Exercise and Behavior

You’ve heard exercise is good for physical health, but did you know research also shows exercise is beneficial to mental health and mood? According to the Mayo Clinic, physicalactivity stimulates endorphins in the brain that elevate mood and encourage relaxation.
Exercise can fend off depression and anxiety in individuals with PWS and can even combat unwanted behaviors like physical aggression, self-injury, and destruction of material goods.

  • If an individual has general anxiety, 60 minutes of physical activity a day is often enough to help them feel better.
  • Individuals with higher levels of anxiety might need more regular periods of exercise throughout the day to feel better.
  • Individuals that tend to be more explosive and aggressive might respond to regularly scheduled activities like playing basketball or running to help with emotional regulation.
  • Exercise in the form of fun physical activities can also be helpful in redirecting unwanted behavior such as skin picking. If your loved one is skin picking, engage him or her in a game of catch or other physical activity which requires the use of their hands.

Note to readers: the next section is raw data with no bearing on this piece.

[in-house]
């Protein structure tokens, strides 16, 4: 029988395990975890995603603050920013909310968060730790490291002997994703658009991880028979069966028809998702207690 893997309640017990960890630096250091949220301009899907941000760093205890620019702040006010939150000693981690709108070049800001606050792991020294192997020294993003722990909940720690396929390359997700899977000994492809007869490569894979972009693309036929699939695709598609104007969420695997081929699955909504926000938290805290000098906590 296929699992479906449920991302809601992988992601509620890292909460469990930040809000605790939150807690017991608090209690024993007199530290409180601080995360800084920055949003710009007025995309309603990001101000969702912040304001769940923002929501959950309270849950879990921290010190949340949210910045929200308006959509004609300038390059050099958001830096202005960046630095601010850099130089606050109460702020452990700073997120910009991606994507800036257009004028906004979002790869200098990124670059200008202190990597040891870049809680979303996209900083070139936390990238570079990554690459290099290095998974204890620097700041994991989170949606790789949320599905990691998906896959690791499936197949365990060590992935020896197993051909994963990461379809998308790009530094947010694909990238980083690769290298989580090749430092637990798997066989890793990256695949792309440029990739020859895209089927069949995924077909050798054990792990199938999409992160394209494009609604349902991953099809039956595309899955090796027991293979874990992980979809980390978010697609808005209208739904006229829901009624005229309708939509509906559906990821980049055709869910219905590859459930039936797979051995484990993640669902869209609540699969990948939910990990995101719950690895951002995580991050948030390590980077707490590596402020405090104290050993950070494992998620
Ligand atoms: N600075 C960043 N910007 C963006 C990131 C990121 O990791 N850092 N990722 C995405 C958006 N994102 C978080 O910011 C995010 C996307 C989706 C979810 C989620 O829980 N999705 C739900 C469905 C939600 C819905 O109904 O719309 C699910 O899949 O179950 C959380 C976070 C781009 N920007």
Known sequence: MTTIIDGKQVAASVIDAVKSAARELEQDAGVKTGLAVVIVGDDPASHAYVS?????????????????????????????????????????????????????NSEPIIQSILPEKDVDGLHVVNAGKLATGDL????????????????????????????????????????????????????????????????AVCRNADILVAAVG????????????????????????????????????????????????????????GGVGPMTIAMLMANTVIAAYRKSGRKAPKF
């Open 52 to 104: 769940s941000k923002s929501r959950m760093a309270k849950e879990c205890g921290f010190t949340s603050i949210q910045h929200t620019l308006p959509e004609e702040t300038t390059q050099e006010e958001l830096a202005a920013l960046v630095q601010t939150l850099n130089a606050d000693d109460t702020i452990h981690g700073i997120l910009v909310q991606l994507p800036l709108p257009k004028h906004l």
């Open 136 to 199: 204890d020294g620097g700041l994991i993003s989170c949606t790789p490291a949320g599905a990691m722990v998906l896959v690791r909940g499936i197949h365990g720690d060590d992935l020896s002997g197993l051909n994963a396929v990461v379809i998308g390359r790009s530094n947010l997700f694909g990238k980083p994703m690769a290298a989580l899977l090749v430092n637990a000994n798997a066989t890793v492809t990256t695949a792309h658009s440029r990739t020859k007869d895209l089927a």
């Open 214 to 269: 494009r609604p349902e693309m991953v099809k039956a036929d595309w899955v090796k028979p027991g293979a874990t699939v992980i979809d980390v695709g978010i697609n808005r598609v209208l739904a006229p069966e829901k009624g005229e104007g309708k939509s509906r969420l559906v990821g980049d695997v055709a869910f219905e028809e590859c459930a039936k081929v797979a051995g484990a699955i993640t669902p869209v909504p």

• Individuals with PWS and Sensory Processing issues can also benefit from exercise to help regulate their systems and decrease unwanted behaviors. The exercise routine should be based on the individual’s particular need for sensory input. For example, if your loved one needs more physical input, like joint compression or heavy muscle work, using light weights, running, playing basketball, or performing wall pushups can help meet these needs. If your loved one needs more movement to help regulate, walking, rolling on a stability ball, or jumping on a trampoline may be more helpful.

How can you encourage someone with PWS to exercise?

  • Don’t call it exercise!!
  • Make the activity fun.
  • Do the activity with them.
  • Make it part of the routine day.
  • Use creative wording. Instead of, “It’s time for our walk,”  try “Let’s take a hike to look for birds!”
  • Play tag, follow the leader, or engage in playful competition.


Exercise, while good for nearly everyone, can be a fun and interactive way to help individuals with PWS physically, mentally, emotionally, and behaviorally.

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